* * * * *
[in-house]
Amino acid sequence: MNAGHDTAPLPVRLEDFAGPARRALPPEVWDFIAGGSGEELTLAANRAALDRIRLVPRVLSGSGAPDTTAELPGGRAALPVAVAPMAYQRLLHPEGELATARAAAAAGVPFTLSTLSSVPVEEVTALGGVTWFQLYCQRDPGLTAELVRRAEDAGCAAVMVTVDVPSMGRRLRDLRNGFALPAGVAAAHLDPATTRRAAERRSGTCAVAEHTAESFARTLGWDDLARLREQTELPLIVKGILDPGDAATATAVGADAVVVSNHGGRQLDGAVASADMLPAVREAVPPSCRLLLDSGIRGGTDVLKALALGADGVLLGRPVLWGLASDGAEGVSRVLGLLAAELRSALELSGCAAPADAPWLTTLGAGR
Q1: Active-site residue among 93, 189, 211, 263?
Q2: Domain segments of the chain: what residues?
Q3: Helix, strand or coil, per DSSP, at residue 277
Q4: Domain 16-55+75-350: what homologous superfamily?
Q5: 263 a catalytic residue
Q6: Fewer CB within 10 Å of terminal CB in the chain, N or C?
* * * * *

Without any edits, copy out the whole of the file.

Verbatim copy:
[in-house]
Amino acid sequence: MNAGHDTAPLPVRLEDFAGPARRALPPEVWDFIAGGSGEELTLAANRAALDRIRLVPRVLSGSGAPDTTAELPGGRAALPVAVAPMAYQRLLHPEGELATARAAAAAGVPFTLSTLSSVPVEEVTALGGVTWFQLYCQRDPGLTAELVRRAEDAGCAAVMVTVDVPSMGRRLRDLRNGFALPAGVAAAHLDPATTRRAAERRSGTCAVAEHTAESFARTLGWDDLARLREQTELPLIVKGILDPGDAATATAVGADAVVVSNHGGRQLDGAVASADMLPAVREAVPPSCRLLLDSGIRGGTDVLKALALGADGVLLGRPVLWGLASDGAEGVSRVLGLLAAELRSALELSGCAAPADAPWLTTLGAGR
Q1: Active-site residue among 93, 189, 211, 263?
Q2: Domain segments of the chain: what residues?
Q3: Helix, strand or coil, per DSSP, at residue 277
Q4: Domain 16-55+75-350: what homologous superfamily?
Q5: 263 a catalytic residue
Q6: Fewer CB within 10 Å of terminal CB in the chain, N or C?